One upshot of confirmational holism is the underdetermination of theories: if all theories (and the propositions derived from them) of what exists are not sufficiently determined by empirical data (data, sensory-data, evidence); each theory with its interpretation of the evidence is equally justifiable. Thus, the Greek's worldview of Homeric gods is as credible as the physicists' world of electromagnetic waves. Quine later argued for Ontological Relativity, that our ordinary talk of objects suffers from the same underdetermination and thus does not properly refer to objects. This article needs to be cleaned up to conform to a higher standard of quality. ... A world view, also spelled as worldview is a term calqued from the German word Weltanschauung (look onto the world). The German word is also in wide use in English, as well as the translated form world outlook. ...

While underdetermination does not invalidate the principle of falsifiability first presented by Karl Popper, Popper himself acknowledged that continual ad hoc modification of a theory provides a means for a theory to avoid being falsified. In this respect, the principle of parsimony, or Occam's Razor, plays a role. This principle presupposes that between multiple theories explaining the same phenomenon, the simplest theory--in this case, the one that is least susceptible to continual ad hoc modification--is to be preferred. In science and the philosophy of science, falsifiability, contingency, and defeasibility are roughly equivalent terms referring to the property of empirical statements that they must admit of logical counterexamples. ... Sir Karl Raimund Popper, CH, MA, Ph. ... Ad hoc is a Latin phrase which means for this [purpose]. It generally signifies a solution that has been tailored to a specific purpose, such as a tailor-made suit, a handcrafted network protocol, and specific-purpose equation and things like that. ... William of Ockham Occams razor (also spelled Ockhams razor) is a principle attributed to the 14th-century English logician and Franciscan friar William of Ockham (Guilhelmi Ockam and Guillermi de ockam in Latin [1]). Originally a tenet of the reductionist philosophy of nominalism, it is more often taken...

## References

• Curd, Martin; Cover, J.A. (Eds.) (1998). Philosophy of Science, Section 3, The Duhem-Quine Thesis and Underdetermination, W.W. Norton & Company.
• Duhem, Pierre. The Aim and Structure of Physical Theory. Princeton, New Jersey, Princeton University Press, 1954.
• W. V. Quine. 'Two Dogmas of Empiricism.' The Philosophical Review, 60 (1951), pp. 20-43.
• W. V. Quine. Word and Object. Cambridge, Mass., MIT Press, 1960.
• W. V. Quine. 'Ontological Relativity.' In Ontological Relativity and Other Essays, New York, Columbia University Press, 1969, pp. 26-68.
• D. Davidson. 'On the Very Idea of Conceptual Scheme.' Proceedings of the American Philosophical Association, 17 (1973-74), pp. 5-20.

Quines paper Two Dogmas of Empiricism, published 1951, is one of the most celebrated papers of twentieth century philosophy in the analytic tradition. ...

Common dictionary definitions of truth mention some form of accord with fact or reality. ... Sojourner Truth A truth theory or a theory of truth is a conceptual framework that underlies a particular conception of truth, such as those used in art, ethics, logic, mathematics, philosophy, the sciences, or any discussion that either mentions or makes use of a notion of truth. ... Coherentism - Wikipedia, the free encyclopedia /**/ @import /skins-1. ...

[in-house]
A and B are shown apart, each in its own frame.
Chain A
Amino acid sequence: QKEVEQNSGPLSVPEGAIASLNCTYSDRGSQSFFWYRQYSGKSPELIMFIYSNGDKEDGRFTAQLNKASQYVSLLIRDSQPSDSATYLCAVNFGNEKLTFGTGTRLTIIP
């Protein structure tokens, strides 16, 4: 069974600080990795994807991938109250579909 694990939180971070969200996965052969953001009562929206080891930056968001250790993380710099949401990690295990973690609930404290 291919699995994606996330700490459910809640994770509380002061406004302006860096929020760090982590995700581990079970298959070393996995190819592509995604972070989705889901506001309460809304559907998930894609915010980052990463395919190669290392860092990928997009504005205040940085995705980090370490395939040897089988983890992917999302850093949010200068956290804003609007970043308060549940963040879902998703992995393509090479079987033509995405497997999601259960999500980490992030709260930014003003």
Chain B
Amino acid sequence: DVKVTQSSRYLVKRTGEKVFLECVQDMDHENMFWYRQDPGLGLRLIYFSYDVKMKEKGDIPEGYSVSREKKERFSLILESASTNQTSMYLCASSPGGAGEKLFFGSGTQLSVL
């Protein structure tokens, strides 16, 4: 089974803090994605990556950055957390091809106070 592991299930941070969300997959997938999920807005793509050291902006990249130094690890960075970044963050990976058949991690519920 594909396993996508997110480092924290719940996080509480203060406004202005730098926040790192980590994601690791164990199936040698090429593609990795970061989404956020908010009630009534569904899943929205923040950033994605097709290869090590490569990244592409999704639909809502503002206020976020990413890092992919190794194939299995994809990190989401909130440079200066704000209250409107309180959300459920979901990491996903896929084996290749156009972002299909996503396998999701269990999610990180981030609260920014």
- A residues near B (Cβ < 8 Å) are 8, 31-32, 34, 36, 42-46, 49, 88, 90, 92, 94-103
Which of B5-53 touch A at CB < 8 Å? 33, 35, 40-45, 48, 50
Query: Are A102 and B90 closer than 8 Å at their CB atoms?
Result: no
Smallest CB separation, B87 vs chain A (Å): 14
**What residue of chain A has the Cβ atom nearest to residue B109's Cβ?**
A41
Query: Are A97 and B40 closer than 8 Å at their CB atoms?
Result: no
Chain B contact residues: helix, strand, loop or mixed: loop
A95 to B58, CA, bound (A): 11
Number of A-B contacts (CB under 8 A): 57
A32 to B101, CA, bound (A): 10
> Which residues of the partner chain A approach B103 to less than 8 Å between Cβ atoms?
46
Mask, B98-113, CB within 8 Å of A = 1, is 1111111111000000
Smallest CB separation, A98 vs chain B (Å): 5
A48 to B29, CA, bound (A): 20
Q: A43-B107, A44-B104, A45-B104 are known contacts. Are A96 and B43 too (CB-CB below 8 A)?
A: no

### Theories of truth

There are two distinct types of Coherentism. ... The consensus theory of truth, originated by Charles Sanders Peirce who called it pragmatism, and later pragmaticism, holds that a statement is true if it would be agreed to by all those who investigate it if investigation were carried sufficiently far in that particular direction. ... The correspondence theory of truth states that something is rendered true by the existence of a fact with corresponding elements and a similar structure. ... The deflationary theory of truth is a family of theories which all have in common the belief that assertions that predicate truth of a statement do not provide any substantive information or insight into the nature of truth. ... In philosophy, epistemic theories of truth are attempts to analyse the notion of truth in terms of epistemic notions such as belief, acceptance, verification, justification, perspective and so on. ... The pragmatic theory of truth is a philosophical theory of truth. ... The Redundancy theory of truth is a philosophical theory about the way in which the predicate is true functions in such sentences as Snow is white is true. In its simplest version, the redundancy theory holds that Snow is white is true says no more than does Snow is white... The semantic theory of truth holds that any assertion that a proposition is true can be made only as a formal requirement regarding the language in which the proposition itself is expressed. ...

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Results from FactBites:

 Confirmation holism - Wikipedia, the free encyclopedia (856 words) Confirmation holism, also called the Quine-Duhem thesis (after philosophers Willard Van Orman Quine and Pierre Duhem), is the claim a scientific theory cannot be tested in isolation; a test of one theory always depends on other theories and hypotheses. Le Verrier calculated the approximate position of the interfering planet and its existence was confirmed in 1846. One upshot of confirmational holism is the underdetermination of theories: if all theories (and the propositions derived from them) of what exists are not sufficiently determined by empirical data (data, sensory-data, evidence); each theory with its interpretation of the evidence is equally justifiable.
 Encyclopedia: Holism (599 words) Holism (from holon, a Greek word meaning entity) is the idea that the properties of a system cannot be determined or explained by the sum of its components alone. Holism (or nonreductionism) is sometimes described as the opposite of reductionism, although proponents of scientific reductionism state that it is better regarded as the opposite of greedy reductionism. Holism, especially in its metaphysical varieties, is controversial.